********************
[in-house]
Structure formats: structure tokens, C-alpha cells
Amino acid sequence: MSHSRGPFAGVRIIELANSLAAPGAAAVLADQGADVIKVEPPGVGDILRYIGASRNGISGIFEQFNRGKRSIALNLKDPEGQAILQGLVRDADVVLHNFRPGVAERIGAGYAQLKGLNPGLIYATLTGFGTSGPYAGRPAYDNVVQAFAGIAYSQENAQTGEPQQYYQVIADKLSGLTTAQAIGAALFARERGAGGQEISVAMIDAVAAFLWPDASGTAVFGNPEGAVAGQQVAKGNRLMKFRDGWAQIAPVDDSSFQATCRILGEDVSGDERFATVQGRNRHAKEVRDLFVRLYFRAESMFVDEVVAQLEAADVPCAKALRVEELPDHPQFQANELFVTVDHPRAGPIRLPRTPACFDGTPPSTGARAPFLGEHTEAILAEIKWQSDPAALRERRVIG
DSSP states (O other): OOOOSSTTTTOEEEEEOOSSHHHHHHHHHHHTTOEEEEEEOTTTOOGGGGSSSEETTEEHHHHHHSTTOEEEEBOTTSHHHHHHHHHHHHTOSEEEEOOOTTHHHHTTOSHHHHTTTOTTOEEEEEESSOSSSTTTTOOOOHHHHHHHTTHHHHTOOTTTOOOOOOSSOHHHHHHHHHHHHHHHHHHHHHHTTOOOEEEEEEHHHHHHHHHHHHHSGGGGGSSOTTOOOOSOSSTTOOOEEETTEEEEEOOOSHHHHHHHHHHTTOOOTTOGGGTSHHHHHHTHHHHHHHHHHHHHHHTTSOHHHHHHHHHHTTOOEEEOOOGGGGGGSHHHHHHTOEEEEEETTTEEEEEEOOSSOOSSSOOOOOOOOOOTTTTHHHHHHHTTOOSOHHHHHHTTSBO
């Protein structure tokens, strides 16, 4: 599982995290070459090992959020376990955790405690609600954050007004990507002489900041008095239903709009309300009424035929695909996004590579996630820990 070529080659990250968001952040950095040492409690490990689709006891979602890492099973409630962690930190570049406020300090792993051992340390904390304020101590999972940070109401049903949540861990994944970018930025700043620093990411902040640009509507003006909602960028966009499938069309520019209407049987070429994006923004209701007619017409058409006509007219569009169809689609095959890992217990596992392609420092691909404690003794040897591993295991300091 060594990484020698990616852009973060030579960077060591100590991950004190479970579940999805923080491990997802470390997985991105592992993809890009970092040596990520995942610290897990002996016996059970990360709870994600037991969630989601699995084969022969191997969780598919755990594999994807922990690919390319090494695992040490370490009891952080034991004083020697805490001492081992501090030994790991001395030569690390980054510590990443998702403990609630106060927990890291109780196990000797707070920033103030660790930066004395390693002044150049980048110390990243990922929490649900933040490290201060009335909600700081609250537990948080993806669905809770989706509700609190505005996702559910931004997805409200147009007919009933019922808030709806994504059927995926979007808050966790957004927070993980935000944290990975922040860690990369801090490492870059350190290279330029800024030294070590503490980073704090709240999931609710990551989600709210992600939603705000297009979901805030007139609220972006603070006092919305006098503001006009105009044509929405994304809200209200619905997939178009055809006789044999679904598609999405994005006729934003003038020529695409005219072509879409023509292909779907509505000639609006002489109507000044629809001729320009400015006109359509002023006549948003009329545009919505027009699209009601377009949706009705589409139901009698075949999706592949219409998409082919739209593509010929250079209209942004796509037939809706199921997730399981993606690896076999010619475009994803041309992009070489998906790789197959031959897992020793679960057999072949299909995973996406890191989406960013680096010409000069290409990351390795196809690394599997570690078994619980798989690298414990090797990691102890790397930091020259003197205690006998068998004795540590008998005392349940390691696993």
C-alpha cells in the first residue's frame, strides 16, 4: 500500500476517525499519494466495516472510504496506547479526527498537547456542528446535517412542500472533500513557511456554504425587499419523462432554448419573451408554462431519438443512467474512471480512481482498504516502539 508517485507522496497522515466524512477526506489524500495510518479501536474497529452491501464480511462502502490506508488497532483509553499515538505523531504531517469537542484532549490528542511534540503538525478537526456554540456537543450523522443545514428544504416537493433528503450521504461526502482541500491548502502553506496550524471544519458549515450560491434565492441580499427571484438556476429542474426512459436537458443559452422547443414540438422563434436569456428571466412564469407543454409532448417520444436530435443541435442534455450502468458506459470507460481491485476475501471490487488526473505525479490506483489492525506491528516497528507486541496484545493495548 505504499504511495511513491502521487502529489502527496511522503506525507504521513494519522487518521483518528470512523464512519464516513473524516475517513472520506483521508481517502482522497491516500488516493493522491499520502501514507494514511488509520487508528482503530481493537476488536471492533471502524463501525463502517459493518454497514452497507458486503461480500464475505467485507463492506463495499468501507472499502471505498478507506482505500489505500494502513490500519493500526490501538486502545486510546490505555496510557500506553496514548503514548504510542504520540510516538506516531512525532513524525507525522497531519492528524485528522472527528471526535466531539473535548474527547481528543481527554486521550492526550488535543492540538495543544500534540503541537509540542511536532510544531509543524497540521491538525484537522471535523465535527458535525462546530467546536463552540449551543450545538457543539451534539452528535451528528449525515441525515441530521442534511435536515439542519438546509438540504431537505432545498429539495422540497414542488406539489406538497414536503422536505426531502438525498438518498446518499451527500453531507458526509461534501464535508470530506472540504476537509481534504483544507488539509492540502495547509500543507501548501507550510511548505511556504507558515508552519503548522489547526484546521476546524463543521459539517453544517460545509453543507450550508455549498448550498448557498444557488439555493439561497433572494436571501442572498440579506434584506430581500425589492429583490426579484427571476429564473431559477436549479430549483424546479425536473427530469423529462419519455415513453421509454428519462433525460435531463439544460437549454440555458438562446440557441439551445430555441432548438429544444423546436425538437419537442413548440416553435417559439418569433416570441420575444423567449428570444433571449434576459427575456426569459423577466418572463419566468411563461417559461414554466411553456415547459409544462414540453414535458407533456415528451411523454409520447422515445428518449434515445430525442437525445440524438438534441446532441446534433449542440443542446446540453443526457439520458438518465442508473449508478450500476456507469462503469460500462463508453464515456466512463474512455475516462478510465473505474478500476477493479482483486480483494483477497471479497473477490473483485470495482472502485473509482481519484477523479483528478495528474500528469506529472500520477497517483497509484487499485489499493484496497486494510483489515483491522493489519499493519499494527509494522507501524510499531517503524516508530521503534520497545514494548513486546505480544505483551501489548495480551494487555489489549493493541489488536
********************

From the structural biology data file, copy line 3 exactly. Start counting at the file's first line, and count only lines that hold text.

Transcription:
Amino acid sequence: MSHSRGPFAGVRIIELANSLAAPGAAAVLADQGADVIKVEPPGVGDILRYIGASRNGISGIFEQFNRGKRSIALNLKDPEGQAILQGLVRDADVVLHNFRPGVAERIGAGYAQLKGLNPGLIYATLTGFGTSGPYAGRPAYDNVVQAFAGIAYSQENAQTGEPQQYYQVIADKLSGLTTAQAIGAALFARERGAGGQEISVAMIDAVAAFLWPDASGTAVFGNPEGAVAGQQVAKGNRLMKFRDGWAQIAPVDDSSFQATCRILGEDVSGDERFATVQGRNRHAKEVRDLFVRLYFRAESMFVDEVVAQLEAADVPCAKALRVEELPDHPQFQANELFVTVDHPRAGPIRLPRTPACFDGTPPSTGARAPFLGEHTEAILAEIKWQSDPAALRERRVIG